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His theories on player recruitment, scouting and management are for the most part thought-provoking and demonstrate why he is so in demand as a speaker amongst the denizens of the international business world.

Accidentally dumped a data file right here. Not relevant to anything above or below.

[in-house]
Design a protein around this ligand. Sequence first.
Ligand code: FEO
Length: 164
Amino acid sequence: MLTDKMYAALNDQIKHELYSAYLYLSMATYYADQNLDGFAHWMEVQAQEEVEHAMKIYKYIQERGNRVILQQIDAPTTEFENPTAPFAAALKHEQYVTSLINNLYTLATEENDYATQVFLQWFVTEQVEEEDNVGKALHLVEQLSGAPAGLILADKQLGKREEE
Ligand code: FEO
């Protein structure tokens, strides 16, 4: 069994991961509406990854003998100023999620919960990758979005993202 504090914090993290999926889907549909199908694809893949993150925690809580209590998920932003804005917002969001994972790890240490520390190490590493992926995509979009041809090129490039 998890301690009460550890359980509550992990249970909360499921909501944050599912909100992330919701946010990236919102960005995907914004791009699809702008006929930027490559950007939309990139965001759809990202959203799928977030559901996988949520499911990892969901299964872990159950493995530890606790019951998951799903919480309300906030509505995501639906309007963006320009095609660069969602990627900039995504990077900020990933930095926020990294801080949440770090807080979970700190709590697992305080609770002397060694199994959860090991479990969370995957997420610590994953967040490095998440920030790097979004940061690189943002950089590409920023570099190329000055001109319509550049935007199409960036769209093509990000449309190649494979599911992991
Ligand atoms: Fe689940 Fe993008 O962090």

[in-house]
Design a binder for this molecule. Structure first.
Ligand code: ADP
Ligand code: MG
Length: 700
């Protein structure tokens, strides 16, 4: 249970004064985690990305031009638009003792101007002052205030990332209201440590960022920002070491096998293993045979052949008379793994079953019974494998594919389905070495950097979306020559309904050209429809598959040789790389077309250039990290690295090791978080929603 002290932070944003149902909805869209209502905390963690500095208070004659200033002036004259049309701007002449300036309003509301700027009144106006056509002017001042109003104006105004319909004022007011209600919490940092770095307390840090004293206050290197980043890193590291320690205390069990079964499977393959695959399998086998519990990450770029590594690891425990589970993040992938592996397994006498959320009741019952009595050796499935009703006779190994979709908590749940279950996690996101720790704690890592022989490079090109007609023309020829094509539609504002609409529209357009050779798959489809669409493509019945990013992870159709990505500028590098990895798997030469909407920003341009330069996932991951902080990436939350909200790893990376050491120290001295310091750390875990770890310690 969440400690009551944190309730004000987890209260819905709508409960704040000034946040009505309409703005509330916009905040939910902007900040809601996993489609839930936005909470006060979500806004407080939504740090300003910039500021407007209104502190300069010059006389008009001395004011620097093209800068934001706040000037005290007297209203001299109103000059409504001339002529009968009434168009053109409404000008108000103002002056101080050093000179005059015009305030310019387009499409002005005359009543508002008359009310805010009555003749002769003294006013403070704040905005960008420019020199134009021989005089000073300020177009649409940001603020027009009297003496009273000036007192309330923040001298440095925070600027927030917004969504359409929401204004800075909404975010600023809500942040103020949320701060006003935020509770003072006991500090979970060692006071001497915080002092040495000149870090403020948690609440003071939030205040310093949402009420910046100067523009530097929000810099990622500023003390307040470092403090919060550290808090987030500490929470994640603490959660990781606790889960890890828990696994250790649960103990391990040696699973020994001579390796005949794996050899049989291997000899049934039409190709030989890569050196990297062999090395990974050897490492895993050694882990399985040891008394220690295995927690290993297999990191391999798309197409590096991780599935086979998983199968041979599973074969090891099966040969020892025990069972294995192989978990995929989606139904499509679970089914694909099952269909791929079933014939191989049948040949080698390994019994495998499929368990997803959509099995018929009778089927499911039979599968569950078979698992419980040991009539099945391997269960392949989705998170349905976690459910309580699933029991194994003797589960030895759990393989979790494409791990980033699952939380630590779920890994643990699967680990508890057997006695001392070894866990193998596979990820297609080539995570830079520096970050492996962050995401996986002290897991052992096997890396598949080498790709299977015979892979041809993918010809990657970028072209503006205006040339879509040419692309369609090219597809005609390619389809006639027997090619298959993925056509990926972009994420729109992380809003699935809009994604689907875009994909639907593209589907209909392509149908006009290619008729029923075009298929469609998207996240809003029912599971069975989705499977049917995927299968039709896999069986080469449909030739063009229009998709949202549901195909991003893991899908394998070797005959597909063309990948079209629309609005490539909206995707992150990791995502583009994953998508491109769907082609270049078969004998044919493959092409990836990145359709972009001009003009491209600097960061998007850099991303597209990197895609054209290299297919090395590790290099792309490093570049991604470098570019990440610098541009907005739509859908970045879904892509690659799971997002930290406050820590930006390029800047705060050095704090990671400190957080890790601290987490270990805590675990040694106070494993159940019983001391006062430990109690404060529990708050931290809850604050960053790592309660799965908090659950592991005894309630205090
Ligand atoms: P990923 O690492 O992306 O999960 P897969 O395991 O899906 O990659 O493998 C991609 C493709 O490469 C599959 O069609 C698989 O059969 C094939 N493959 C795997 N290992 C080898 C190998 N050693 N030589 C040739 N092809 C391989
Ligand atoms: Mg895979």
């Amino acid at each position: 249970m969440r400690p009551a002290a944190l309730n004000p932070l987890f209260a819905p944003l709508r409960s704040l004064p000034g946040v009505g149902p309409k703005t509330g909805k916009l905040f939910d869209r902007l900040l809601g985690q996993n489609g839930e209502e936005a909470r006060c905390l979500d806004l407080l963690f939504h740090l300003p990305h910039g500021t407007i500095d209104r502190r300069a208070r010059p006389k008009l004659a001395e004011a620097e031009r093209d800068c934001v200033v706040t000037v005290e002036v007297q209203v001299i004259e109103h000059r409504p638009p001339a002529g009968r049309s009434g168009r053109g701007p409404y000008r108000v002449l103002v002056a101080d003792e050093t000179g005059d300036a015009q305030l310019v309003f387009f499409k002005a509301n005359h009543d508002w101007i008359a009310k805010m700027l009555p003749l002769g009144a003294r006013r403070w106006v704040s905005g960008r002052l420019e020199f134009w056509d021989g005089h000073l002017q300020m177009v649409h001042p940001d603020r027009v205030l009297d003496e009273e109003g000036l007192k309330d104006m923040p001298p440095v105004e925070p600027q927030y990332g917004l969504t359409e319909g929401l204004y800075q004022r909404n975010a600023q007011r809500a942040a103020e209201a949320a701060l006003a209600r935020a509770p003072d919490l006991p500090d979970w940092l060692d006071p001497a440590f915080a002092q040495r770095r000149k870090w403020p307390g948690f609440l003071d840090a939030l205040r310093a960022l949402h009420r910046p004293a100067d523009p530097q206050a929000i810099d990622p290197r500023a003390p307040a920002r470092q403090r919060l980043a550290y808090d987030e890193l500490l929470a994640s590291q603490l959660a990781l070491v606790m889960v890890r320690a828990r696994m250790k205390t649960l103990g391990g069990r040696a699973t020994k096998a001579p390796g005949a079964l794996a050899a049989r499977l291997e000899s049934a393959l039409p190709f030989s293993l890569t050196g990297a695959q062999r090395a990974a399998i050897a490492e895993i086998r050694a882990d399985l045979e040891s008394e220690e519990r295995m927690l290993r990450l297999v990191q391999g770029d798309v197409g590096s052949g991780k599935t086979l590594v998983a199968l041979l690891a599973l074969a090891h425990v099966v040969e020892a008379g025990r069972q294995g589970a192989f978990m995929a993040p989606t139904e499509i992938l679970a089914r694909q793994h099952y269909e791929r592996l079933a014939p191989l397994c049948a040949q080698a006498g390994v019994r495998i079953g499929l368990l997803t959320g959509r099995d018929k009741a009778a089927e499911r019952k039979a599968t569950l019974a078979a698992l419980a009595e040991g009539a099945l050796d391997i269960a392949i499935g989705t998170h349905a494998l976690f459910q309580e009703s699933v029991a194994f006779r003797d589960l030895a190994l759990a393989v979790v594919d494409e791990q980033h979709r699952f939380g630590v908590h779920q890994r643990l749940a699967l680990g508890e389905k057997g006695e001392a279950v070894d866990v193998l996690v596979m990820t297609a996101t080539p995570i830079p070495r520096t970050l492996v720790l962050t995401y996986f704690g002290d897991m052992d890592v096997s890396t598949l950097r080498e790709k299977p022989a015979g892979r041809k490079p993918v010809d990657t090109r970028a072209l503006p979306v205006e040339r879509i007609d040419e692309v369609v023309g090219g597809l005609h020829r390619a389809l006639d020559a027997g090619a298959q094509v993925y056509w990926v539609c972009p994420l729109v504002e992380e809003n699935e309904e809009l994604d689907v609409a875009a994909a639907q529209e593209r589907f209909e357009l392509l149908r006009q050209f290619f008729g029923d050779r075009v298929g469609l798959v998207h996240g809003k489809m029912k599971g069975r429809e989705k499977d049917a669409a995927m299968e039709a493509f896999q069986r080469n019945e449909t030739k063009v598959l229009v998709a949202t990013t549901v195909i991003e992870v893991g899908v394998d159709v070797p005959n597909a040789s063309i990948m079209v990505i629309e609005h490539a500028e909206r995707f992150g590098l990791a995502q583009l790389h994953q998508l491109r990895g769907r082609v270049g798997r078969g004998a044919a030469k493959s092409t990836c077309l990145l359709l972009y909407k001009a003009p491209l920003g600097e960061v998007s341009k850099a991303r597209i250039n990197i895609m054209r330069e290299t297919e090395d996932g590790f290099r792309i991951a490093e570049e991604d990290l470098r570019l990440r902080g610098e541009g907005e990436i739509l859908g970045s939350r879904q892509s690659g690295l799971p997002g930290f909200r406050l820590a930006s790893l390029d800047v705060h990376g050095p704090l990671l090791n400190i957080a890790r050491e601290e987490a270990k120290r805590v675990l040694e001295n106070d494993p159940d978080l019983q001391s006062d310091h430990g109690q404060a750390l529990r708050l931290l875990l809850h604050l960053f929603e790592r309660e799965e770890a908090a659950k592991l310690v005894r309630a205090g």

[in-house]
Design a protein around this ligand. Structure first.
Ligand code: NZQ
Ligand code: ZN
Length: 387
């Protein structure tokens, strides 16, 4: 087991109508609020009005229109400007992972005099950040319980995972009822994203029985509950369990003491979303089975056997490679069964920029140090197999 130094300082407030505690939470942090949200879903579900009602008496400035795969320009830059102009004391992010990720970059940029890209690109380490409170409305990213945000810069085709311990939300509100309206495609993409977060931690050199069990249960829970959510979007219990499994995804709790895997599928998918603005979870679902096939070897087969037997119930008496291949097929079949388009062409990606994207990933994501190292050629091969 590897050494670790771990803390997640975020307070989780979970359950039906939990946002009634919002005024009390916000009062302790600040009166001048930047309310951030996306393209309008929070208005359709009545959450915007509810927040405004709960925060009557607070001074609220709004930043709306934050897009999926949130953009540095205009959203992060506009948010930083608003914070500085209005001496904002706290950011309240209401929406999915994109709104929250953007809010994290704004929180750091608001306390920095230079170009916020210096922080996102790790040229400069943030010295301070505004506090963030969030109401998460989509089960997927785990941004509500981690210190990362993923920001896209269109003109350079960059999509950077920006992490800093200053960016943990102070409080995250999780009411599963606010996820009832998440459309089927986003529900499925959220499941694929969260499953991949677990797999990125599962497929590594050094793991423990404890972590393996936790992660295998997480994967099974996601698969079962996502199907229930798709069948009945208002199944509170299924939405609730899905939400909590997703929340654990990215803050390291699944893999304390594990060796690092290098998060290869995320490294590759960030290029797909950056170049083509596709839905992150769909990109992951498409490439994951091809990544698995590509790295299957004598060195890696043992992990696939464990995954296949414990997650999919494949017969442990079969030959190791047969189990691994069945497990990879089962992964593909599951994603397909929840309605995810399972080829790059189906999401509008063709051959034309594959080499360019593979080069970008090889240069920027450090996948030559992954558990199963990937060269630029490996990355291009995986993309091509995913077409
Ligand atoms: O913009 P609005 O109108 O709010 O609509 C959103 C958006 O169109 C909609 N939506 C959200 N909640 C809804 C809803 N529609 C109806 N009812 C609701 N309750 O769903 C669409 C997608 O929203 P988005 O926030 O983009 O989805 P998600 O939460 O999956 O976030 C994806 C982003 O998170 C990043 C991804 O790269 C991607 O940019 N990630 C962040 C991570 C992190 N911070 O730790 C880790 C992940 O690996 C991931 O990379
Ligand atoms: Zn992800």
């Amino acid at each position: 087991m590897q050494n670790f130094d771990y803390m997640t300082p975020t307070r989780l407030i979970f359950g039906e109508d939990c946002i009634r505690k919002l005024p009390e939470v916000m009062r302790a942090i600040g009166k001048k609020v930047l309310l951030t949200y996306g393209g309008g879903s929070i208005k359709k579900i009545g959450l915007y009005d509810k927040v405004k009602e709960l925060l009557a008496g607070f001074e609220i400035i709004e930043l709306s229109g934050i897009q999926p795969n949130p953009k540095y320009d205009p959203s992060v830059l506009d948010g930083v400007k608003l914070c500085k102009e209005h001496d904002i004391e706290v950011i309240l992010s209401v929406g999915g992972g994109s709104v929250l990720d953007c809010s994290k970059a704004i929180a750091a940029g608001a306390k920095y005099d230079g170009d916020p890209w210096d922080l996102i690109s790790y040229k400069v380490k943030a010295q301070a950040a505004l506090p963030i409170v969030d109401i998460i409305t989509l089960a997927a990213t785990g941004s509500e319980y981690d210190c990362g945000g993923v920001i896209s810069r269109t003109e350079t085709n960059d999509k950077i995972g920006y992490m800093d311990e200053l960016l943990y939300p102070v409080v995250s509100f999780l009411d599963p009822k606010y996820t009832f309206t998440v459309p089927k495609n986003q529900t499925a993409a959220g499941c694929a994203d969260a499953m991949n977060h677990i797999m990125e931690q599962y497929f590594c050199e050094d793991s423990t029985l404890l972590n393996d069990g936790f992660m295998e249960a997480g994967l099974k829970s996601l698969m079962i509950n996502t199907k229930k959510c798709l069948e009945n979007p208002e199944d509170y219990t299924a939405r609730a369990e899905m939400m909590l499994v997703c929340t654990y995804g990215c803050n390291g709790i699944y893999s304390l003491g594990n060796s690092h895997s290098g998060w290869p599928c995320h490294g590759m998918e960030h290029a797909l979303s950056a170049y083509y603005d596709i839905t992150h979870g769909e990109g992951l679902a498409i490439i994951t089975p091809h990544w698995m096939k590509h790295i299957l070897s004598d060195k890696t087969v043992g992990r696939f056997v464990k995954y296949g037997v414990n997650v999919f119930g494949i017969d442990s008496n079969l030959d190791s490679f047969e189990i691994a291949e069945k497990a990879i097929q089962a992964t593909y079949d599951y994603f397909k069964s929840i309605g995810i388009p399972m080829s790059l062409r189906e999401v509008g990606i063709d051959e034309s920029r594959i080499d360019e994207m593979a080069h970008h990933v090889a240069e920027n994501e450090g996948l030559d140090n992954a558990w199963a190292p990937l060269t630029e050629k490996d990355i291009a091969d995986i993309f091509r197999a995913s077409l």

As too was the notion of philosophy. That Wenger was a visionary, revolutionary of the game is unquestionable. His first years in particular at Arsenal and in English football changed the course of both, and the book explores some of his key thoughts and ideas that underpinned his management, including his expectations of players, the psychology of the game and player management. What is socialist for you? For me, a socialist is trusting connectivity to sort the problems of a society. First, you need a collective environment that favours the expression of the individual. After that, I think it’s down to an individual’s initiative to make the most of their life. But the dominant thing is a collective environment for me.I did however learn a lot about Arsene Wenger the man. I knew that he was very committed to his role as a manager, but hadn't realised quite how much football had taken over his life. Although in many ways a solitary man, it was clear from the book that he had many friends and colleagues that he thought highly of. Although of course with this being an autobiography it is a subjective book, he came across as a very fair man who cares passionately for the wellbeing of his players and is prepared to put in a lot of effort personally to nurture up and coming players. There are a million questions that Arsenal fans would want Wenger to answer. The answers, unfortunately, are either missing altogether from My Life in Red and White, or expressed in a way that is long familiar to us: the English players stopped drinking and eating Mars bars; he used to have his ups and downs with Ferguson but they get on fine now. Meanwhile Mourinho, who cast a long shadow over some of Wenger’s most difficult years, appears once in the book, in a table provided at the end showing his head-to-head record against rival managers. (Wenger beat Steve McClaren 83.3% of the time; he beat Mourinho 10% of the time.) I did enjoy it, and there were times (especially at the beginning and end of the book) where he went into more detail, which was a good read, but I wish he had done it more. I’m no wiser as to any specifics of what went on behind the scenes at arsenal in his 22 years there, for instance, nor was there any other real storytelling, insight into the specifics of management, or his side of the story on some of the most famous incidents he was involved in. I can’t help but feel he could’ve let the reader into much more. Including Real Madrid, twice. “It’s terrible to have to turn down your childhood club,” he says. “But I had a mission at Arsenal, a contract to honour, and I’d given my word.” What to say? That this book left me underwhelmed is an understatement. I don't think anyone going to read this ever thought Wenger would lift the lid and dish out some nastiness or air vendettas against people, but what I expected was more emotion. More honesty. I was there for all the events he described. I know what happened. But I didn't need that. I wanted to know how he felt after the big decisions, the big games. Especially where he felt there were injustices.